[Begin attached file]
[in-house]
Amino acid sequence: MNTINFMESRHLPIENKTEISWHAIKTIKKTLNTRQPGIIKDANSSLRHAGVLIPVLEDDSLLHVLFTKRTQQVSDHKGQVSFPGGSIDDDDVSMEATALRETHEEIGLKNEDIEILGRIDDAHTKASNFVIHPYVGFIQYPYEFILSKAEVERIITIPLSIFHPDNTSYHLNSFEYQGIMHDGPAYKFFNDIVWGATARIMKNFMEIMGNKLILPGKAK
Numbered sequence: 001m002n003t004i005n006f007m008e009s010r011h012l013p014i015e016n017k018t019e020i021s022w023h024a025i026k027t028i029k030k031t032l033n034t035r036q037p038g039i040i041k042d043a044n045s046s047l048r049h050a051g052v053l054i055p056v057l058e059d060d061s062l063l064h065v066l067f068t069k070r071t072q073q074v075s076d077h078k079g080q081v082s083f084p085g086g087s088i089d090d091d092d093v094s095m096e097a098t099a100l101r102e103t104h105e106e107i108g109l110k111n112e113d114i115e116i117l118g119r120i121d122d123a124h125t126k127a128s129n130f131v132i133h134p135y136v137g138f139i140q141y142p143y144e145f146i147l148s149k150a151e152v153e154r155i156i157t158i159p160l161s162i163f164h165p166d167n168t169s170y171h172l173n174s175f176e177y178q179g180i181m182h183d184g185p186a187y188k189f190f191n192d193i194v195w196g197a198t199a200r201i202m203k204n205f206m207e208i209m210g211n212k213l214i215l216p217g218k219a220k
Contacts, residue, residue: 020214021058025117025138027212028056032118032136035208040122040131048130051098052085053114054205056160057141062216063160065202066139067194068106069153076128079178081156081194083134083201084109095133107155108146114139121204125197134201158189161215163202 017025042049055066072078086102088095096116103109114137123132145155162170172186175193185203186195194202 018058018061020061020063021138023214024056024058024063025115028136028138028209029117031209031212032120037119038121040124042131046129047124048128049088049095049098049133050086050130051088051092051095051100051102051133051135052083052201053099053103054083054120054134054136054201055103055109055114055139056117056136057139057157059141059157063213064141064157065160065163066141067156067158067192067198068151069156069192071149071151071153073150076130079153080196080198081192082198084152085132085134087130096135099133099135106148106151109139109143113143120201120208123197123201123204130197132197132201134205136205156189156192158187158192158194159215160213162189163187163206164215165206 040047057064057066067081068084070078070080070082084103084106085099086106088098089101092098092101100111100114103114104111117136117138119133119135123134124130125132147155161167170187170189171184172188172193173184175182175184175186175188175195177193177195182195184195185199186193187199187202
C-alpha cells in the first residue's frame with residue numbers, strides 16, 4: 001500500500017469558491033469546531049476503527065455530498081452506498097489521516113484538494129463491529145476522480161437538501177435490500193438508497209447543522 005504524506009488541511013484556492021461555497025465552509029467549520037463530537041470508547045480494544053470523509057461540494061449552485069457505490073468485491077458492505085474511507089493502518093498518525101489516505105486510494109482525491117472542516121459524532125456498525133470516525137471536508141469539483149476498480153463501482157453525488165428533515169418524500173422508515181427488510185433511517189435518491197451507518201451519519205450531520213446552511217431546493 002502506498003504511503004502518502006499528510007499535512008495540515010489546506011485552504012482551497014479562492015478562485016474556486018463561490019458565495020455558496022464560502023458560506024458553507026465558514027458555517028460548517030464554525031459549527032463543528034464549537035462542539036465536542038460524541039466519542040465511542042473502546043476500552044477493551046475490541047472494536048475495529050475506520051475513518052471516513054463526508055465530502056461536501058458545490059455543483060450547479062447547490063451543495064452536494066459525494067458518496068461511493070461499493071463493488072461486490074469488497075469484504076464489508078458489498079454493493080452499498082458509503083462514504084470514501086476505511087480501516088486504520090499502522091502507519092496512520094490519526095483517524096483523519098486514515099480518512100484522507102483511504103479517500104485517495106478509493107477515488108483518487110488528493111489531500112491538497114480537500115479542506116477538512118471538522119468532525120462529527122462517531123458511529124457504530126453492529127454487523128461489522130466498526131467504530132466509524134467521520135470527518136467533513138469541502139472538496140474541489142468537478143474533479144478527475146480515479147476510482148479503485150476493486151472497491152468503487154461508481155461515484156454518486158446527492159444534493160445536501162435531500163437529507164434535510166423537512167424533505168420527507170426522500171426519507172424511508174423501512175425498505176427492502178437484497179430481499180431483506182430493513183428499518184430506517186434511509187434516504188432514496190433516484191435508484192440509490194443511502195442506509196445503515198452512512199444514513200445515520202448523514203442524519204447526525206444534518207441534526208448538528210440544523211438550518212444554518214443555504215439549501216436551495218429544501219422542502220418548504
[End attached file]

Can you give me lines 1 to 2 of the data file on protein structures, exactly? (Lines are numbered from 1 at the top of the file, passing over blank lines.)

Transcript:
[in-house]
Amino acid sequence: MNTINFMESRHLPIENKTEISWHAIKTIKKTLNTRQPGIIKDANSSLRHAGVLIPVLEDDSLLHVLFTKRTQQVSDHKGQVSFPGGSIDDDDVSMEATALRETHEEIGLKNEDIEILGRIDDAHTKASNFVIHPYVGFIQYPYEFILSKAEVERIITIPLSIFHPDNTSYHLNSFEYQGIMHDGPAYKFFNDIVWGATARIMKNFMEIMGNKLILPGKAK